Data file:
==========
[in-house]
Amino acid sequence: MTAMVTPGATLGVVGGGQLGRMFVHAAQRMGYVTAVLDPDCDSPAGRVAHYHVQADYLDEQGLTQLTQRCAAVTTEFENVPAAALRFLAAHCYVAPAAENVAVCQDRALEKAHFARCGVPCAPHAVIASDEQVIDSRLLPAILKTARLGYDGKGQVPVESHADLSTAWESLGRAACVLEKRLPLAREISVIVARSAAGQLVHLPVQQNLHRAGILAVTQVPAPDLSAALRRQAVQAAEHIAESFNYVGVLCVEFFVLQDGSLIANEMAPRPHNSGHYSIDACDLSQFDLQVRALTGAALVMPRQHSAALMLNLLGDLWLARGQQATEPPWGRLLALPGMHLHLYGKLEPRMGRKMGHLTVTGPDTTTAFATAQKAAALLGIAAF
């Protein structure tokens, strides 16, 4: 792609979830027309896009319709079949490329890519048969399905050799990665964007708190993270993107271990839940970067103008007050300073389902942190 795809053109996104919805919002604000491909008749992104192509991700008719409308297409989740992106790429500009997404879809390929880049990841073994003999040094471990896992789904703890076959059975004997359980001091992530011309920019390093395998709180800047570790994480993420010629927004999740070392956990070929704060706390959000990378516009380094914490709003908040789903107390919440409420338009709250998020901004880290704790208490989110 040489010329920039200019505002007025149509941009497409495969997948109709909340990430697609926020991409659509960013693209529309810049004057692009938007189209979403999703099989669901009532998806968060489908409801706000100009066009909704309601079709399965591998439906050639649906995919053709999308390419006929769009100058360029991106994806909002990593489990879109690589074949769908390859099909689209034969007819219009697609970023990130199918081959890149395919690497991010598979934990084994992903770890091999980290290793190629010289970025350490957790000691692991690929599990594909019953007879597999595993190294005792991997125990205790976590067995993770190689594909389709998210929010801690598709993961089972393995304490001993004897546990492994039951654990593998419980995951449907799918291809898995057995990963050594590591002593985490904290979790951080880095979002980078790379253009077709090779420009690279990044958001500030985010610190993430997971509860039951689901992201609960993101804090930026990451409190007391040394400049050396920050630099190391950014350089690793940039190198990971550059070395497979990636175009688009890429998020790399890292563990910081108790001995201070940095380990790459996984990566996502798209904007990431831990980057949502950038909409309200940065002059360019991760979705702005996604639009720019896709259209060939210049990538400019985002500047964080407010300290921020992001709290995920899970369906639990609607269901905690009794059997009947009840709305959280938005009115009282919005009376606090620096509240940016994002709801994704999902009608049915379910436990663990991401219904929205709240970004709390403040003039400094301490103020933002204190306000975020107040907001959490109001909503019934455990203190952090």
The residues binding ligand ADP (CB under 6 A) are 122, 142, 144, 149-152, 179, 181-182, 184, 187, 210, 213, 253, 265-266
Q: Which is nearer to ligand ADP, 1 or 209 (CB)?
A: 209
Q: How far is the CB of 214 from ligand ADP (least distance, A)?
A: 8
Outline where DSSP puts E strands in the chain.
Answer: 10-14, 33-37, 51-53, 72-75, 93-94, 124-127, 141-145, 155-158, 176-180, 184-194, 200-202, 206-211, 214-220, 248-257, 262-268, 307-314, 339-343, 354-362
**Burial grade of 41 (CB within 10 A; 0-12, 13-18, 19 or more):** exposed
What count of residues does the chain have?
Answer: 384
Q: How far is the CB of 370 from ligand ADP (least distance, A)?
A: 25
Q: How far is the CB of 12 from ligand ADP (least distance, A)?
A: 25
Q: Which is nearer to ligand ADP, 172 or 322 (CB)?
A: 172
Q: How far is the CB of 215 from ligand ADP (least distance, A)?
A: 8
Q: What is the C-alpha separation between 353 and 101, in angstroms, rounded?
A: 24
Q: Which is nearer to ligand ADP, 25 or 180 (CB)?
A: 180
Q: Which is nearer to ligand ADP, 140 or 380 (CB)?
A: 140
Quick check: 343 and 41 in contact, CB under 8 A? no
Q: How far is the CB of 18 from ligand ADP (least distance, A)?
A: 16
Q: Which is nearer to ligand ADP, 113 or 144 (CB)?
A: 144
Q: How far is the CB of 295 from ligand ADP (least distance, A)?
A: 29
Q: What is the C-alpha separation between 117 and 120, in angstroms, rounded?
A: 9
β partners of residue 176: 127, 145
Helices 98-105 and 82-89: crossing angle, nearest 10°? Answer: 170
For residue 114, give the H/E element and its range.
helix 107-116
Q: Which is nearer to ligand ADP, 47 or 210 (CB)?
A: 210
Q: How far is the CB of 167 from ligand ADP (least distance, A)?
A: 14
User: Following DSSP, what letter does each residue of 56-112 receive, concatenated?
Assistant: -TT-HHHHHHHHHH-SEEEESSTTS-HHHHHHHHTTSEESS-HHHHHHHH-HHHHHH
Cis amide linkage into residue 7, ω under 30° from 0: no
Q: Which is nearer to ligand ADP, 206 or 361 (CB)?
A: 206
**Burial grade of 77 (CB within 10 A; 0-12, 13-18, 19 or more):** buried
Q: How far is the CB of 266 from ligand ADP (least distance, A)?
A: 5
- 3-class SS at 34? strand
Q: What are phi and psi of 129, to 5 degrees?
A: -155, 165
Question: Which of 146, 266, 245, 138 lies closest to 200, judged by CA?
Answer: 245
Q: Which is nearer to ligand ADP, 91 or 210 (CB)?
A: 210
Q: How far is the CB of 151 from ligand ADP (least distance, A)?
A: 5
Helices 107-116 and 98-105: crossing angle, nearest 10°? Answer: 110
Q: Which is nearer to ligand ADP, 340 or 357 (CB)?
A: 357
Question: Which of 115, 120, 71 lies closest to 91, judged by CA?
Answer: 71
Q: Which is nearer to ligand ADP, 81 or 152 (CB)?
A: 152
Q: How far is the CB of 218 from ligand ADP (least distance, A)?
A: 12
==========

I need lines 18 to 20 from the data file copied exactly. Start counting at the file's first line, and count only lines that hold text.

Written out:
Q: Which is nearer to ligand ADP, 172 or 322 (CB)?
A: 172
Q: How far is the CB of 215 from ligand ADP (least distance, A)?